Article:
The best way to prepare yourself for the interview is to know the questions that may be coming and practice your answers in advance. The following are some of the toughest questions you will face in the course of your job interviews. Some questions may seem rather simple on the surface, such as “Tell me about yourself.” Yet the easy answer is not the right answer. The more open ended the question, the wider the variation in potential answers. Once you have become practiced in behavioral interviewing skills, you will find that you can use almost any question as a launching pad for a particular example or compelling story.

Where do you see yourself in five years?

It’s difficult to predict where you’ll be in five years. However, your potential employer wants to see that you plan on staying with the company for the long haul. That means avoiding some obvious but common mistakes.

For example, if you’re interviewing for a startup don’t say, “I want to own my own company in five years.” Don’t choose a role in the future that’s completely different from the role that you’re being interviewed

If you plan on going back to school, make sure there’s some correlation between your course major and the role you’re interested in. No employer wants to spend money and resources training you just to have you leave.

Why do you want to join our company?

“This is where it costs people,” Interviewees typically answer this question incorrectly. They describe the company instead of explaining why they want to join the company.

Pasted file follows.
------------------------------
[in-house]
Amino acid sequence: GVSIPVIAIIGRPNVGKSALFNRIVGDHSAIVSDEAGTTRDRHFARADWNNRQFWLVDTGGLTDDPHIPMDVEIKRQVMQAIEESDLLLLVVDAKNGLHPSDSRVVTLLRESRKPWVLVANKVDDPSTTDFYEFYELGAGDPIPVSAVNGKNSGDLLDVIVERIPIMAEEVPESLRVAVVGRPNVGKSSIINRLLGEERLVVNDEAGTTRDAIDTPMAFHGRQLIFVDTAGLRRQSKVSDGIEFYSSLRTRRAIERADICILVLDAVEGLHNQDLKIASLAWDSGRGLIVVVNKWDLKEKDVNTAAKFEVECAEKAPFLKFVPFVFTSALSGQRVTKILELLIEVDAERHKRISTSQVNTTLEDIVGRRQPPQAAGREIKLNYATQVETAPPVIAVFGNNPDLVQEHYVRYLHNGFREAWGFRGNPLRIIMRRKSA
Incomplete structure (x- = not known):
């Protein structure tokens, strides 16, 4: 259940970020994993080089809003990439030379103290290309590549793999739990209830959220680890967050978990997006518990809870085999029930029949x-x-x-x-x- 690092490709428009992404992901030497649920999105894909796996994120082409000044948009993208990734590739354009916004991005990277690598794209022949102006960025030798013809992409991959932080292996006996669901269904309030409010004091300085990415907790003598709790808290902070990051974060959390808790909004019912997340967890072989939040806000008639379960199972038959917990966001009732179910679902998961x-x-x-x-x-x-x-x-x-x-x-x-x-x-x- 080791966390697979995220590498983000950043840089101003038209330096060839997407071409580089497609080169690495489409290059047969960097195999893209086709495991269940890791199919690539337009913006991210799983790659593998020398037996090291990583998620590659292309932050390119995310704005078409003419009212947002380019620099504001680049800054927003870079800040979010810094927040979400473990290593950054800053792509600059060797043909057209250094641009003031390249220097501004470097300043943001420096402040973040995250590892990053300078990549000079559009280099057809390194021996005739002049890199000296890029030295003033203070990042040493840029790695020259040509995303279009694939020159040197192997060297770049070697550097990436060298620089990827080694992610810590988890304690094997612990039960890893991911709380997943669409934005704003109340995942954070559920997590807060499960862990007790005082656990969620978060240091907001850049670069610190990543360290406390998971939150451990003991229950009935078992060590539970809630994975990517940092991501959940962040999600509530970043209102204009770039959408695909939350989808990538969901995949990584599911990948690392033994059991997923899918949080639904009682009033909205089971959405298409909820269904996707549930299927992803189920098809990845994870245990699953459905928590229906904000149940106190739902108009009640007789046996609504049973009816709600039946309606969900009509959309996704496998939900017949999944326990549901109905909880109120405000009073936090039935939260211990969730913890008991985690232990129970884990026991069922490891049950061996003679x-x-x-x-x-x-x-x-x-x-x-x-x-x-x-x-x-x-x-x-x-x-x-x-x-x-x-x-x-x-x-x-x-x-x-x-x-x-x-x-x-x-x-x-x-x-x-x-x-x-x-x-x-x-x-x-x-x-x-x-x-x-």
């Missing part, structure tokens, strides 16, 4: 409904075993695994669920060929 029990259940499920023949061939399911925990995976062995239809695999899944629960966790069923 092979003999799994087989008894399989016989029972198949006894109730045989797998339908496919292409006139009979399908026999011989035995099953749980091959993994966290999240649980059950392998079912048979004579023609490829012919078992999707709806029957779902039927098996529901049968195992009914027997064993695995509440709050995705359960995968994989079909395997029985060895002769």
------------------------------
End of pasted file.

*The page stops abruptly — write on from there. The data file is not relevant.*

For example, an applicant interviewing for Lloyds Bank will say, “I know Lloyds Bank is a global firm.”

“That’s the answer to, ‘What do you know about our company?”. “But it doesn’t answer this question.”

A good response is one that explains why the company resonates with you, he says. For example, “I know that Lloyds Bank is a global firm and I want to be part of a large company where there’s an upward career trajectory.”

What type of role are you looking for?

Some people just amaze me. “They’ll say something that isn’t even in the job description.”

Again, a quality answer for this question comes down to reading the job description and pointing out the aspects that you relate to. However, says the interview coach, maybe don’t be as honest as this applicant:

“I once had an IT guy actually say to me, ‘I want a job where they put me in a room and leave me alone.’ Believe me, “I’ve heard it all.”

How has your education prepared you for your career?

This is a broad question and you need to focus on the behavioral examples in your educational background which specifically align to the required competencies for the career.

An example: “My education has focused on not only the learning the fundamentals, but also on the practical application of the information learned within those classes. For example, I played a lead role in a class project where we gathered and analyzed best practice data from this industry. Let me tell you more about the results…”

Focus on behavioral examples supporting the key competencies for the job.

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